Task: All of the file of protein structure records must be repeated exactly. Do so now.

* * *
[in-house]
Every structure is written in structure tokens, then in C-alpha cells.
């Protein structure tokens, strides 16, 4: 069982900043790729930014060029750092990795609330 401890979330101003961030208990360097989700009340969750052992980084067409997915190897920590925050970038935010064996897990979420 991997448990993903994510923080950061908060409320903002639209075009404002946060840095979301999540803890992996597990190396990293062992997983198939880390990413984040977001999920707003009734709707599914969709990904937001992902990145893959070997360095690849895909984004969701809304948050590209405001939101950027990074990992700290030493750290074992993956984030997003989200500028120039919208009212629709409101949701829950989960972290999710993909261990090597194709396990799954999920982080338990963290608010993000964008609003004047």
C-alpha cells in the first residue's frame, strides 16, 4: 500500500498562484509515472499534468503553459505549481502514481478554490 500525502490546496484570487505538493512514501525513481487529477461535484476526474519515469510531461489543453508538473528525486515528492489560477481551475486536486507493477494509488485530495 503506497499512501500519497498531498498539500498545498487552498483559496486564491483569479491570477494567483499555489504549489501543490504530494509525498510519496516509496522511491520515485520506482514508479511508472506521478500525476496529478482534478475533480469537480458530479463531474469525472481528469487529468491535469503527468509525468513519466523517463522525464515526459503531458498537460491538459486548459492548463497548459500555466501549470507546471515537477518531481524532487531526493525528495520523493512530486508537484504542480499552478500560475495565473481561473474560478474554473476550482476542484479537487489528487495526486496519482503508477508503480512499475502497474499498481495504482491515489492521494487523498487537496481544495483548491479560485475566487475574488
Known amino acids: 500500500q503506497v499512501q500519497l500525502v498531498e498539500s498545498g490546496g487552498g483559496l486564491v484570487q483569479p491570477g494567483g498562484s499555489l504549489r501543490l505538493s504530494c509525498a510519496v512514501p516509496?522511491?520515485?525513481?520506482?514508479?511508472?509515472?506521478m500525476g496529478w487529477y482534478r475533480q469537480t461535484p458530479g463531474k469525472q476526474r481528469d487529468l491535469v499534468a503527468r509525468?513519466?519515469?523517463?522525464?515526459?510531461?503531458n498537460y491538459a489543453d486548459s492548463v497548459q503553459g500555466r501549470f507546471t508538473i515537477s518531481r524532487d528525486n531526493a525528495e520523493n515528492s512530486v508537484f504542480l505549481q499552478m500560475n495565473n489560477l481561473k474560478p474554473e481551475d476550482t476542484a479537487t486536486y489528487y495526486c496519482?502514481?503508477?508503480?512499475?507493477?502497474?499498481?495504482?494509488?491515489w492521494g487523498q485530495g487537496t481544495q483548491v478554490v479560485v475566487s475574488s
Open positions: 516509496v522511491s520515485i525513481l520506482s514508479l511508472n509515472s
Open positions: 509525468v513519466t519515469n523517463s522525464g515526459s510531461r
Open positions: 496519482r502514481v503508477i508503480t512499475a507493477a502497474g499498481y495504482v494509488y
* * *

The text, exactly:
[in-house]
Every structure is written in structure tokens, then in C-alpha cells.
């Protein structure tokens, strides 16, 4: 069982900043790729930014060029750092990795609330 401890979330101003961030208990360097989700009340969750052992980084067409997915190897920590925050970038935010064996897990979420 991997448990993903994510923080950061908060409320903002639209075009404002946060840095979301999540803890992996597990190396990293062992997983198939880390990413984040977001999920707003009734709707599914969709990904937001992902990145893959070997360095690849895909984004969701809304948050590209405001939101950027990074990992700290030493750290074992993956984030997003989200500028120039919208009212629709409101949701829950989960972290999710993909261990090597194709396990799954999920982080338990963290608010993000964008609003004047």
C-alpha cells in the first residue's frame, strides 16, 4: 500500500498562484509515472499534468503553459505549481502514481478554490 500525502490546496484570487505538493512514501525513481487529477461535484476526474519515469510531461489543453508538473528525486515528492489560477481551475486536486507493477494509488485530495 503506497499512501500519497498531498498539500498545498487552498483559496486564491483569479491570477494567483499555489504549489501543490504530494509525498510519496516509496522511491520515485520506482514508479511508472506521478500525476496529478482534478475533480469537480458530479463531474469525472481528469487529468491535469503527468509525468513519466523517463522525464515526459503531458498537460491538459486548459492548463497548459500555466501549470507546471515537477518531481524532487531526493525528495520523493512530486508537484504542480499552478500560475495565473481561473474560478474554473476550482476542484479537487489528487495526486496519482503508477508503480512499475502497474499498481495504482491515489492521494487523498487537496481544495483548491479560485475566487475574488
Known amino acids: 500500500q503506497v499512501q500519497l500525502v498531498e498539500s498545498g490546496g487552498g483559496l486564491v484570487q483569479p491570477g494567483g498562484s499555489l504549489r501543490l505538493s504530494c509525498a510519496v512514501p516509496?522511491?520515485?525513481?520506482?514508479?511508472?509515472?506521478m500525476g496529478w487529477y482534478r475533480q469537480t461535484p458530479g463531474k469525472q476526474r481528469d487529468l491535469v499534468a503527468r509525468?513519466?519515469?523517463?522525464?515526459?510531461?503531458n498537460y491538459a489543453d486548459s492548463v497548459q503553459g500555466r501549470f507546471t508538473i515537477s518531481r524532487d528525486n531526493a525528495e520523493n515528492s512530486v508537484f504542480l505549481q499552478m500560475n495565473n489560477l481561473k474560478p474554473e481551475d476550482t476542484a479537487t486536486y489528487y495526486c496519482?502514481?503508477?508503480?512499475?507493477?502497474?499498481?495504482?494509488?491515489w492521494g487523498q485530495g487537496t481544495q483548491v478554490v479560485v475566487s475574488s
Open positions: 516509496v522511491s520515485i525513481l520506482s514508479l511508472n509515472s
Open positions: 509525468v513519466t519515469n523517463s522525464g515526459s510531461r
Open positions: 496519482r502514481v503508477i508503480t512499475a507493477a502497474g499498481y495504482v494509488y